One of the biggest battles when it comes to goose control especially in the Northeast states of New York, New Jersey, Connecticut, and Massachusetts is time! The weather and change of seasons are extremely unpredictable. One minute you’re shoveling snow after a nor ’easter storm the next you’re planting spring flower boxes. But that is more reason in the world of wildlife management time is of the essence! When it comes to Goose Control nothing is harder to do than re-rout a Canada Goose population once they have selected where they will nest and lay their eggs, as well as undergo their molting season. Adult Canada geese molt (completely replace flight feathers) each summer and cannot fly during this six-week period. After adults have completed the molt and young geese grow their first flight feathers, they begin to travel in flocks. Resident Canada geese usually move only short distances for the winter. Federal law protects Canada geese. It is illegal to harm geese, their eggs, or their nests in the United States without permission from the U.S. Fish and Wild Service (USFWS). Geese may be harassed or scared away without a permit if the geese, goslings, eggs, and nests are not harmed. USFWS allows resident Canada goose eggs to be treated to prevent hatching after simply registering online (details below).
PROBLEMS AND DAMAGE
A flock of Geese can cause quite a bit of damage to your property and if they make it an annual process, that can get costly. In that case you should be on the phone and calling Loomacres Wildlife Management to solve your problem and prevent further damage. Here are some examples of what damage geese can cause.
Because time is the key factor in a successful goose management plan, being proactive is essential especially early on before Canada Geese start mating and nesting on your property. In most cases, it is ideal to install goose control devices during the last week of February or the first week of March. However, in the northeast depending on the winter and spring storms, this may be delayed till early April in states like New Jersey and Downstate NY. Keep in mind that migratory patterns, molting and brooding season for Canada Geese vary depending on your location; you may need to do research and adjust your projected installation date. Check with local wildlife sources or give us a call to figure out the best time to implement goose control devices such as harassing or hazing. Scaring geese away so they learn your site is not a safe place—works better before geese become strongly attached to a site. The longer geese have used a site, the harder it will be to get them to move. Geese are also more willing to relocate before they establish nesting territories in early spring and again after goslings are flighted in late summer. Using techniques developed to manage livestock, dogs are trained to harass geese. Geese see the dogs as predators and avoid them. Dogs handled properly put geese in flight and the geese leave an area entirely. Handled improperly they may only put the birds in the water, where, if not pursued, they quickly learn the dog is not a real threat.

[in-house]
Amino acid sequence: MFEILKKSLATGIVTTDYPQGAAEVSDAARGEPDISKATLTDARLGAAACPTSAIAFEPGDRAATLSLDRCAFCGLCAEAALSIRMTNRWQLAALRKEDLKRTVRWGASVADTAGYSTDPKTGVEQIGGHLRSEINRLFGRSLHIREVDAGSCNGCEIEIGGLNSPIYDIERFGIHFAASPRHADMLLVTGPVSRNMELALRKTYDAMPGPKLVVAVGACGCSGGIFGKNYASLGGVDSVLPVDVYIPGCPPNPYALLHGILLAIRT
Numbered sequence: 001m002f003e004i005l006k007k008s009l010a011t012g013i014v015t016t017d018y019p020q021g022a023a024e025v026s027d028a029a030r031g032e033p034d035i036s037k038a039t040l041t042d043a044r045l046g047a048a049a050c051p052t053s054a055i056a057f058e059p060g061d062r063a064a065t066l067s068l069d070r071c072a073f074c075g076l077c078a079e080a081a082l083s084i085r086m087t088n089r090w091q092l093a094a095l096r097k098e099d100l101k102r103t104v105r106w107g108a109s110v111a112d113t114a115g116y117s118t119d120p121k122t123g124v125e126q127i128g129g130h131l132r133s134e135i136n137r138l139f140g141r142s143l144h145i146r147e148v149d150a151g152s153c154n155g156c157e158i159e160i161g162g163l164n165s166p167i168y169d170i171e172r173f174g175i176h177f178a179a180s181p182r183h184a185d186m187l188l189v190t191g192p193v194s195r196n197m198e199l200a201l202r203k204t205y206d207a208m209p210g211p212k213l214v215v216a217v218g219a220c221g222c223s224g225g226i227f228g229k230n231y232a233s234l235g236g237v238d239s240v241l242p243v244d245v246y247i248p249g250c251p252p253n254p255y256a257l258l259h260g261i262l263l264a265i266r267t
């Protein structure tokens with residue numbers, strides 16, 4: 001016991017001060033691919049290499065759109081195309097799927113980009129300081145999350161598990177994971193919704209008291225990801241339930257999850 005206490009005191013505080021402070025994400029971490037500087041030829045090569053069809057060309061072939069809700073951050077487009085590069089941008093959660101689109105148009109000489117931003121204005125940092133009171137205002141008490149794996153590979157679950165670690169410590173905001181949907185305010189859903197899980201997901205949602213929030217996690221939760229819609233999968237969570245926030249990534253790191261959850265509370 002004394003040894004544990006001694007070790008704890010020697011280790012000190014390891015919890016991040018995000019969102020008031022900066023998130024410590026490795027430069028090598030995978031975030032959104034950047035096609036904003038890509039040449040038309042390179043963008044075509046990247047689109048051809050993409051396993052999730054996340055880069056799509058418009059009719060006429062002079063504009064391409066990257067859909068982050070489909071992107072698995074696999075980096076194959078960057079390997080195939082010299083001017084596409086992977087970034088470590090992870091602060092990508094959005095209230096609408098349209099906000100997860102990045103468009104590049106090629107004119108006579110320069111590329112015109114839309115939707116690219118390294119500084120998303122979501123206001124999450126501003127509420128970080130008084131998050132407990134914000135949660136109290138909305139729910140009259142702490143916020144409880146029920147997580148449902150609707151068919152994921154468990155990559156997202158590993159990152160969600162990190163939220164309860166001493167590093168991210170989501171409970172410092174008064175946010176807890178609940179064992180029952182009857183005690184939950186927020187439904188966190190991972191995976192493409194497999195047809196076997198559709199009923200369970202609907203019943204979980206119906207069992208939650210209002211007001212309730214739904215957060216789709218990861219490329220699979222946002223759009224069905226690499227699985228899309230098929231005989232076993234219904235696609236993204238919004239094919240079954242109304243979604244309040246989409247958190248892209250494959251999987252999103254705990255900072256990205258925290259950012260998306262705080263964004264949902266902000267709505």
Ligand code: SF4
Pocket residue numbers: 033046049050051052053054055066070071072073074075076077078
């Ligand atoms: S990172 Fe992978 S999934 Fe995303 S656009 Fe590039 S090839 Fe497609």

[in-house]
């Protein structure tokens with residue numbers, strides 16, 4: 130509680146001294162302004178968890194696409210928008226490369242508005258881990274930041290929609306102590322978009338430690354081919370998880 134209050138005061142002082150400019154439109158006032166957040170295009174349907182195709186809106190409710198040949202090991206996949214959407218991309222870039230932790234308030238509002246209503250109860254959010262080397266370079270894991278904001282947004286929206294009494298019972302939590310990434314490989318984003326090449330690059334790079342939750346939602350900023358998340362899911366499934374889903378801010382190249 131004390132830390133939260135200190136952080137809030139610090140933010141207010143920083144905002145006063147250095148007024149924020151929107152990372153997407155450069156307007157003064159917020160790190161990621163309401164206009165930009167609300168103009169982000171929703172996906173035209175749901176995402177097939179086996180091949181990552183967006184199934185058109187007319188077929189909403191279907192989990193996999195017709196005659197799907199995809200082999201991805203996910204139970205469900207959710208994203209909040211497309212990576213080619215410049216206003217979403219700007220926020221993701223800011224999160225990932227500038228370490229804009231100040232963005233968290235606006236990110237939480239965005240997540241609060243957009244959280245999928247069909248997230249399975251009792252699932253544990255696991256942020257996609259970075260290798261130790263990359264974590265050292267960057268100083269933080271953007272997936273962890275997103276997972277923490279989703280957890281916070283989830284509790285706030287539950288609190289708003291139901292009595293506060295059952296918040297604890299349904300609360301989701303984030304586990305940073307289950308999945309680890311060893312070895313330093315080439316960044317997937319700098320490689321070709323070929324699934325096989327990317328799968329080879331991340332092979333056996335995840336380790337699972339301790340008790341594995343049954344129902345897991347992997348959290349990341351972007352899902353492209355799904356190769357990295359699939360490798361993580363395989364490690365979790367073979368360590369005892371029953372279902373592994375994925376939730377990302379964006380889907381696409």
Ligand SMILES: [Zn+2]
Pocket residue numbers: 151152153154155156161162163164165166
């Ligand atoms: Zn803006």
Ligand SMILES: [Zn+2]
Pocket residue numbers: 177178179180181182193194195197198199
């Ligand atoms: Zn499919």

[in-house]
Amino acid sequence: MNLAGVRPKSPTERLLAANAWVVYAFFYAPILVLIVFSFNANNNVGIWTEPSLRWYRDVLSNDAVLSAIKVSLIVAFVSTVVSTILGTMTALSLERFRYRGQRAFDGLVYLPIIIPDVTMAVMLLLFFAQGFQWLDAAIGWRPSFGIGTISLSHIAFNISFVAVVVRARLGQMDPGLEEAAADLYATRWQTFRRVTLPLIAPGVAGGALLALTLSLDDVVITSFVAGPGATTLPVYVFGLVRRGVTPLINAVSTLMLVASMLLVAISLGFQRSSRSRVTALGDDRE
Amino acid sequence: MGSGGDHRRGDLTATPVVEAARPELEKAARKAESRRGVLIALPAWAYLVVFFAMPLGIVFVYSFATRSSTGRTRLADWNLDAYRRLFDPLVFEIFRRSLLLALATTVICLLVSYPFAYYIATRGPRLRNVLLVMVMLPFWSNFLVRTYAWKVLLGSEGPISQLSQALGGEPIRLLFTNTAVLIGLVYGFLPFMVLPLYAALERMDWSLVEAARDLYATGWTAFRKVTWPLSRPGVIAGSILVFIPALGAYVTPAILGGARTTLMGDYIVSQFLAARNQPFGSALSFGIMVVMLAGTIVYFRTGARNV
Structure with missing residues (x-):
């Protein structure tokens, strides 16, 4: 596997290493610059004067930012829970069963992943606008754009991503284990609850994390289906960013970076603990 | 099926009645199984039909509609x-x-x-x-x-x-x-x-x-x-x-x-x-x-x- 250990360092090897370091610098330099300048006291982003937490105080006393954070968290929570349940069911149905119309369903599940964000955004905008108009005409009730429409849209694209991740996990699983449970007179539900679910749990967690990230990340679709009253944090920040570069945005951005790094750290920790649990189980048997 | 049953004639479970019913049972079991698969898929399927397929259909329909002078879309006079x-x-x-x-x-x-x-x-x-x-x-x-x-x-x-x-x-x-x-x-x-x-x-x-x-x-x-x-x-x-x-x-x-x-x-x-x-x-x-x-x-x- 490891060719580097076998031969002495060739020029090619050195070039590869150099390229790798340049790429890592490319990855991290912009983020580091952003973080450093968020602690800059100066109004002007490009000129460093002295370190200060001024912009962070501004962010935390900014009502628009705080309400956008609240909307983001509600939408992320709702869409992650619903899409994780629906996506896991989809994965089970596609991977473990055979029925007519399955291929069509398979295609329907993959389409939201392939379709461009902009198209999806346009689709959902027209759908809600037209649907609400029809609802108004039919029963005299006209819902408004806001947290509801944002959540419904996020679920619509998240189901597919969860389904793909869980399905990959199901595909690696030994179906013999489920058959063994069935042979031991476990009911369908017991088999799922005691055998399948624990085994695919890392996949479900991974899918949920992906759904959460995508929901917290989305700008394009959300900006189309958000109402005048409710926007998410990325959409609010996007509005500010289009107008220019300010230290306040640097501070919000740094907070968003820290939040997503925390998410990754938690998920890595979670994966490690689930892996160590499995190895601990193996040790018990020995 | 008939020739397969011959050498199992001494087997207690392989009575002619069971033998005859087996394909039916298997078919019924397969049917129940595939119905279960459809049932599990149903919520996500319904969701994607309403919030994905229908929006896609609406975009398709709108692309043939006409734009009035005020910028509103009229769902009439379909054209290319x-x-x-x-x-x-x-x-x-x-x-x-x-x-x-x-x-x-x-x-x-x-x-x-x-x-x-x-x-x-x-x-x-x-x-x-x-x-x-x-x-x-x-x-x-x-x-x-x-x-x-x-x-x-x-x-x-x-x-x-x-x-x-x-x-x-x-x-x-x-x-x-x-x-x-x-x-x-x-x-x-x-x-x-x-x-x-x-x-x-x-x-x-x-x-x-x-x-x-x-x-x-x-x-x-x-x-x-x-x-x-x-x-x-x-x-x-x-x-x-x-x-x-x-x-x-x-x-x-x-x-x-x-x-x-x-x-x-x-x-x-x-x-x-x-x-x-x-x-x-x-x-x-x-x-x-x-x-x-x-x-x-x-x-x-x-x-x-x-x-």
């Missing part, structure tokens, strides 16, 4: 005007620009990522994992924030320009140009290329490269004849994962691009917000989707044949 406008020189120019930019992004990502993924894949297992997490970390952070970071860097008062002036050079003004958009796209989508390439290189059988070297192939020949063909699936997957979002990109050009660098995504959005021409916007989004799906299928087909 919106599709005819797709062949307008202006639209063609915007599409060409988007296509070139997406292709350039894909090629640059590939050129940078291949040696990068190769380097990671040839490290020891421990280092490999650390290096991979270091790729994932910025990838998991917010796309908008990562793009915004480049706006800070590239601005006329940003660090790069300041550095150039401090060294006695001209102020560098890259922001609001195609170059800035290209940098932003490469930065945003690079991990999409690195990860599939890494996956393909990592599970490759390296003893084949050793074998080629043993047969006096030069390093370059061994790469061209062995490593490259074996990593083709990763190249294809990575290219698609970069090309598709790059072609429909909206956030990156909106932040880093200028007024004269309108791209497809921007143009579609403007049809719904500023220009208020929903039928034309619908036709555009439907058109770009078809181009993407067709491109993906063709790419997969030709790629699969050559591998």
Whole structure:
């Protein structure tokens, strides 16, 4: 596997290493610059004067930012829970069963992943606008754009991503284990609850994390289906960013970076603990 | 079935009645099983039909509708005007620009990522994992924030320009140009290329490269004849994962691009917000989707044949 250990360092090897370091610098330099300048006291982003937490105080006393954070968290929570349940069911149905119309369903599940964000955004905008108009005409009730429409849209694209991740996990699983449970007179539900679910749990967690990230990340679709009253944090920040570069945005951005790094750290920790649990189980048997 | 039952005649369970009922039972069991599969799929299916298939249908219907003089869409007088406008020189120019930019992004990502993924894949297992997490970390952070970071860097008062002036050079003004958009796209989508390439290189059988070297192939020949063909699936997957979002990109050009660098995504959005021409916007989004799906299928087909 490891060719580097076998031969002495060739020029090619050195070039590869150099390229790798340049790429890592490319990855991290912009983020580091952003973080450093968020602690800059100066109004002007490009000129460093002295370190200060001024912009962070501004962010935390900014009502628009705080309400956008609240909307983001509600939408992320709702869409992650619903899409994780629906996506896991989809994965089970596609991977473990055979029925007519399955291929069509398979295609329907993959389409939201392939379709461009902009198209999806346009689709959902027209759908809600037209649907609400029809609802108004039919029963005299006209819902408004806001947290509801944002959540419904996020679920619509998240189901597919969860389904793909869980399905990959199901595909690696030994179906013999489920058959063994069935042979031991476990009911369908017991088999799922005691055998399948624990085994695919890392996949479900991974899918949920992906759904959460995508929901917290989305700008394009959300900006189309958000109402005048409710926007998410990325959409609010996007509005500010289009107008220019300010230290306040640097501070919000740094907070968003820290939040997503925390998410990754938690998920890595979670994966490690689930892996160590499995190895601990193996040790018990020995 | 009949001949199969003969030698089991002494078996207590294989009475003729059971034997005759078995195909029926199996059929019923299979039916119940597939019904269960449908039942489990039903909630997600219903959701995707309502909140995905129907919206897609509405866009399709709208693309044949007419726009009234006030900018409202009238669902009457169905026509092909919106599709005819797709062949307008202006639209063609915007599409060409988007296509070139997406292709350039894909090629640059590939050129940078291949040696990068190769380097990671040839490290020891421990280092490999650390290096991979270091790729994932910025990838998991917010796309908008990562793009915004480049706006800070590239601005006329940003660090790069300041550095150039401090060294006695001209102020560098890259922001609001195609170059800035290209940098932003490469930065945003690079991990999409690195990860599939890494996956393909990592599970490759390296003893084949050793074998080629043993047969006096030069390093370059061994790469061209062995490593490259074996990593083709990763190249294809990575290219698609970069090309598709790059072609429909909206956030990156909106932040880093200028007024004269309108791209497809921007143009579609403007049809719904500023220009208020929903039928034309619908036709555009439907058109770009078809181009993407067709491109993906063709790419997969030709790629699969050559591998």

Geese may leave when untrained and unhandled dogs roam a property or when family pets give chase. But there are concerns about this. If a dog catches or harms a goose, it is a violation of federal law. If a dog harasses geese who are defending nests or young, either the geese or the dog may come to harm. Without training and handler direction, these dogs will not be as effective, and geese may habituate to dogs used this way. There are other site aversion tools. Some may be useful supplements in specific, limited, short-term situations. Below are some tips and techniques used for goose control.
Most of these methods if not professionally trained in the industry of Wildlife Management you will find yourself struggling to achieve the desired results. To have a Wildlife Biologist from Loomacres Wildlife Management Inc. come out and provide a free site visit please fill out the fields below.
Loomacres - 800-243-1462 Bringing Wildlife Management to a Higher Level ©